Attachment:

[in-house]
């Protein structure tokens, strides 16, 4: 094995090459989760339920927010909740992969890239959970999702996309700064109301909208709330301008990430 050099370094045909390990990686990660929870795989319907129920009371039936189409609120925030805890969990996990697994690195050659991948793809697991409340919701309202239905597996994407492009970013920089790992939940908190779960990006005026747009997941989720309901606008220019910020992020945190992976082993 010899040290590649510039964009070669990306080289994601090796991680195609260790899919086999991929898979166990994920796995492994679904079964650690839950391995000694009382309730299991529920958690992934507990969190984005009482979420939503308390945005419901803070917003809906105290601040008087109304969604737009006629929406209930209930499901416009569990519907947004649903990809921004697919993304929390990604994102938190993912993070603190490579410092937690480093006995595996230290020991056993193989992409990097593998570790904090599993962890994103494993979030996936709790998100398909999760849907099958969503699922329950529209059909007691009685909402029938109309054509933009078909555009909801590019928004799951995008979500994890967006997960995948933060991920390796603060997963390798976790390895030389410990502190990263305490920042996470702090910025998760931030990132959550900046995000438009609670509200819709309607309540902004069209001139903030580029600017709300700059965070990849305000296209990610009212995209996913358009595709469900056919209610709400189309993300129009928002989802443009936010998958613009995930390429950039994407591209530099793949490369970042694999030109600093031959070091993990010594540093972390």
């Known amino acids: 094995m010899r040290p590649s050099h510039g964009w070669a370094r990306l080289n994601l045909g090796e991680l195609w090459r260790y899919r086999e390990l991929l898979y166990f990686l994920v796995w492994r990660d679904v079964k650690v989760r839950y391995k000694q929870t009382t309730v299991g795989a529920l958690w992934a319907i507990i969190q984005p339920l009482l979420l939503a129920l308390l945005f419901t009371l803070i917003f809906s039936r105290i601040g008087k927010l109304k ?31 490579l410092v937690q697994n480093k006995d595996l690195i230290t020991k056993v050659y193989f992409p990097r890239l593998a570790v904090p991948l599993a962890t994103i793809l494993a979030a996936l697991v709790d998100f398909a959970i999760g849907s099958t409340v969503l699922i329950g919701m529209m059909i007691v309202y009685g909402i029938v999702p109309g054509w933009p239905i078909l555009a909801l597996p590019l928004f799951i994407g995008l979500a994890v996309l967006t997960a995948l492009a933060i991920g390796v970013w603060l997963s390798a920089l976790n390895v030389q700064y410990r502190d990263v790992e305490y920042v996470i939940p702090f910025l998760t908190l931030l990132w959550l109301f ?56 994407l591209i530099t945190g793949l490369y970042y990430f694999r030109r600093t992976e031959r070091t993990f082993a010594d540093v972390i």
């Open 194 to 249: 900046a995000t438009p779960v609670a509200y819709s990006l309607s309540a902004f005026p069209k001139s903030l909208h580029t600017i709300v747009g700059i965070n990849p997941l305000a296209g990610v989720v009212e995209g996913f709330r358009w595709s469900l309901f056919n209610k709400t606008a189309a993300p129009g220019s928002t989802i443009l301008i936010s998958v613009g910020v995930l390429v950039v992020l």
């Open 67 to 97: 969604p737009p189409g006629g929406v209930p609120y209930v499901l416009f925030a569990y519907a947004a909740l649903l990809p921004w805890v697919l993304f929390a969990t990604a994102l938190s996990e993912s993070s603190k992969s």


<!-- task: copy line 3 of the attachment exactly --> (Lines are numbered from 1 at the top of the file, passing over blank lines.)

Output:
């Known amino acids: 094995m010899r040290p590649s050099h510039g964009w070669a370094r990306l080289n994601l045909g090796e991680l195609w090459r260790y899919r086999e390990l991929l898979y166990f990686l994920v796995w492994r990660d679904v079964k650690v989760r839950y391995k000694q929870t009382t309730v299991g795989a529920l958690w992934a319907i507990i969190q984005p339920l009482l979420l939503a129920l308390l945005f419901t009371l803070i917003f809906s039936r105290i601040g008087k927010l109304k ?31 490579l410092v937690q697994n480093k006995d595996l690195i230290t020991k056993v050659y193989f992409p990097r890239l593998a570790v904090p991948l599993a962890t994103i793809l494993a979030a996936l697991v709790d998100f398909a959970i999760g849907s099958t409340v969503l699922i329950g919701m529209m059909i007691v309202y009685g909402i029938v999702p109309g054509w933009p239905i078909l555009a909801l597996p590019l928004f799951i994407g995008l979500a994890v996309l967006t997960a995948l492009a933060i991920g390796v970013w603060l997963s390798a920089l976790n390895v030389q700064y410990r502190d990263v790992e305490y920042v996470i939940p702090f910025l998760t908190l931030l990132w959550l109301f ?56 994407l591209i530099t945190g793949l490369y970042y990430f694999r030109r600093t992976e031959r070091t993990f082993a010594d540093v972390i």